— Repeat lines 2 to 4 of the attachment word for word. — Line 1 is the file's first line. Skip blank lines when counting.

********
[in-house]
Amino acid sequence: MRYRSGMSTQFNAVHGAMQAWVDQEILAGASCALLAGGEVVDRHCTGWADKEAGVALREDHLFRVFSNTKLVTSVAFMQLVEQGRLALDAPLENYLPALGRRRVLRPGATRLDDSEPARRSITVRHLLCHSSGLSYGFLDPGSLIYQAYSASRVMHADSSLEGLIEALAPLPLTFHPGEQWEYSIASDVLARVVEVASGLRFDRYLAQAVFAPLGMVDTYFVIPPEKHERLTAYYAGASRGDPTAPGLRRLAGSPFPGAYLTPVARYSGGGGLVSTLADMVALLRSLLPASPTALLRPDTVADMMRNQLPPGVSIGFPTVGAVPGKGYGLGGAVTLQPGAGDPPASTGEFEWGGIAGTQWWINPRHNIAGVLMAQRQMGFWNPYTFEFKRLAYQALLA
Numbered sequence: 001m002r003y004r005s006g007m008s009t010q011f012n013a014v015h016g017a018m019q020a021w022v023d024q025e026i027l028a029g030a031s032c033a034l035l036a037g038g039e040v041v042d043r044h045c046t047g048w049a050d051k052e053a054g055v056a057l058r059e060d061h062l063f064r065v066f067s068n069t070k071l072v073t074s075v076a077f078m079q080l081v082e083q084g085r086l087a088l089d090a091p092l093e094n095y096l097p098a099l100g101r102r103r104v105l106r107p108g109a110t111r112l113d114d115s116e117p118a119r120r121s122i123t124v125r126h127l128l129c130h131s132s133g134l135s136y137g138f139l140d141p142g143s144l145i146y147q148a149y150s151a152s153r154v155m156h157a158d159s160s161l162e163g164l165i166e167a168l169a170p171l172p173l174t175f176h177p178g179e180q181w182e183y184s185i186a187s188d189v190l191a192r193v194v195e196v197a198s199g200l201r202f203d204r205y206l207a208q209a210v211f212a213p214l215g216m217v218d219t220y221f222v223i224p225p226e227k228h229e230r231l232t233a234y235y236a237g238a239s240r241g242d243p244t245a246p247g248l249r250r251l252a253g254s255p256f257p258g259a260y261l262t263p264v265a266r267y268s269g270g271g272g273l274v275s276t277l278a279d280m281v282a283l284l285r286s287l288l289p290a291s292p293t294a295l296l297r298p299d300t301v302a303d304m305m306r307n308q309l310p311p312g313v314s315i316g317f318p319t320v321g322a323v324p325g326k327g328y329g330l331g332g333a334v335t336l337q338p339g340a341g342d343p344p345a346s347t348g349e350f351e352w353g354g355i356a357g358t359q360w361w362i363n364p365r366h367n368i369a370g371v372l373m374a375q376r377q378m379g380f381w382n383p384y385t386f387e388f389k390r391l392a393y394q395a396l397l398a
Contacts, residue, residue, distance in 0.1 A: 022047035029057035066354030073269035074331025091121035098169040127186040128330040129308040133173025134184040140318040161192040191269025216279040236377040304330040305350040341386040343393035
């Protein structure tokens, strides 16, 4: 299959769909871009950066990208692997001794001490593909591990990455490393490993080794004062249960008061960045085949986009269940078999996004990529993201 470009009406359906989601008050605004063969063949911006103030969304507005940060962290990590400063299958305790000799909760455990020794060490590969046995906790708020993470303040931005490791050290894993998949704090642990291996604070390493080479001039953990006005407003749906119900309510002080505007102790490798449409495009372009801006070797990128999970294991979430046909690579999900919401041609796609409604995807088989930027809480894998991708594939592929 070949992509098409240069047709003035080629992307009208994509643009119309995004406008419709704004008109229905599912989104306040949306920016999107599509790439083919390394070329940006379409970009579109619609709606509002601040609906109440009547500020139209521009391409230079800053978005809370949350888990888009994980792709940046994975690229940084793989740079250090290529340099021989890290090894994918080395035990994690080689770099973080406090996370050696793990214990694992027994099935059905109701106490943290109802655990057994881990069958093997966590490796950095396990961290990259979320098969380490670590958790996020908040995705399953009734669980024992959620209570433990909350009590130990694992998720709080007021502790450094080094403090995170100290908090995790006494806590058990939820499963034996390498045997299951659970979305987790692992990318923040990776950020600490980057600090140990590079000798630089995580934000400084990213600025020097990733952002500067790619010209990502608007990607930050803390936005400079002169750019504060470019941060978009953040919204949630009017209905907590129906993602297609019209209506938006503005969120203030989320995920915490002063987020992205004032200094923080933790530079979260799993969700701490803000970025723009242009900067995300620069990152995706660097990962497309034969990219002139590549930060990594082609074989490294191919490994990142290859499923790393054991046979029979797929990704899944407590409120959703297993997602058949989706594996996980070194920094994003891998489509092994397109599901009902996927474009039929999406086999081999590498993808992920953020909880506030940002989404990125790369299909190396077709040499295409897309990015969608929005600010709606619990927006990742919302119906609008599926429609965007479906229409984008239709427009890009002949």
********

Amino acid sequence: MRYRSGMSTQFNAVHGAMQAWVDQEILAGASCALLAGGEVVDRHCTGWADKEAGVALREDHLFRVFSNTKLVTSVAFMQLVEQGRLALDAPLENYLPALGRRRVLRPGATRLDDSEPARRSITVRHLLCHSSGLSYGFLDPGSLIYQAYSASRVMHADSSLEGLIEALAPLPLTFHPGEQWEYSIASDVLARVVEVASGLRFDRYLAQAVFAPLGMVDTYFVIPPEKHERLTAYYAGASRGDPTAPGLRRLAGSPFPGAYLTPVARYSGGGGLVSTLADMVALLRSLLPASPTALLRPDTVADMMRNQLPPGVSIGFPTVGAVPGKGYGLGGAVTLQPGAGDPPASTGEFEWGGIAGTQWWINPRHNIAGVLMAQRQMGFWNPYTFEFKRLAYQALLA
Numbered sequence: 001m002r003y004r005s006g007m008s009t010q011f012n013a014v015h016g017a018m019q020a021w022v023d024q025e026i027l028a029g030a031s032c033a034l035l036a037g038g039e040v041v042d043r044h045c046t047g048w049a050d051k052e053a054g055v056a057l058r059e060d061h062l063f064r065v066f067s068n069t070k071l072v073t074s075v076a077f078m079q080l081v082e083q084g085r086l087a088l089d090a091p092l093e094n095y096l097p098a099l100g101r102r103r104v105l106r107p108g109a110t111r112l113d114d115s116e117p118a119r120r121s122i123t124v125r126h127l128l129c130h131s132s133g134l135s136y137g138f139l140d141p142g143s144l145i146y147q148a149y150s151a152s153r154v155m156h157a158d159s160s161l162e163g164l165i166e167a168l169a170p171l172p173l174t175f176h177p178g179e180q181w182e183y184s185i186a187s188d189v190l191a192r193v194v195e196v197a198s199g200l201r202f203d204r205y206l207a208q209a210v211f212a213p214l215g216m217v218d219t220y221f222v223i224p225p226e227k228h229e230r231l232t233a234y235y236a237g238a239s240r241g242d243p244t245a246p247g248l249r250r251l252a253g254s255p256f257p258g259a260y261l262t263p264v265a266r267y268s269g270g271g272g273l274v275s276t277l278a279d280m281v282a283l284l285r286s287l288l289p290a291s292p293t294a295l296l297r298p299d300t301v302a303d304m305m306r307n308q309l310p311p312g313v314s315i316g317f318p319t320v321g322a323v324p325g326k327g328y329g330l331g332g333a334v335t336l337q338p339g340a341g342d343p344p345a346s347t348g349e350f351e352w353g354g355i356a357g358t359q360w361w362i363n364p365r366h367n368i369a370g371v372l373m374a375q376r377q378m379g380f381w382n383p384y385t386f387e388f389k390r391l392a393y394q395a396l397l398a
Contacts, residue, residue, distance in 0.1 A: 022047035029057035066354030073269035074331025091121035098169040127186040128330040129308040133173025134184040140318040161192040191269025216279040236377040304330040305350040341386040343393035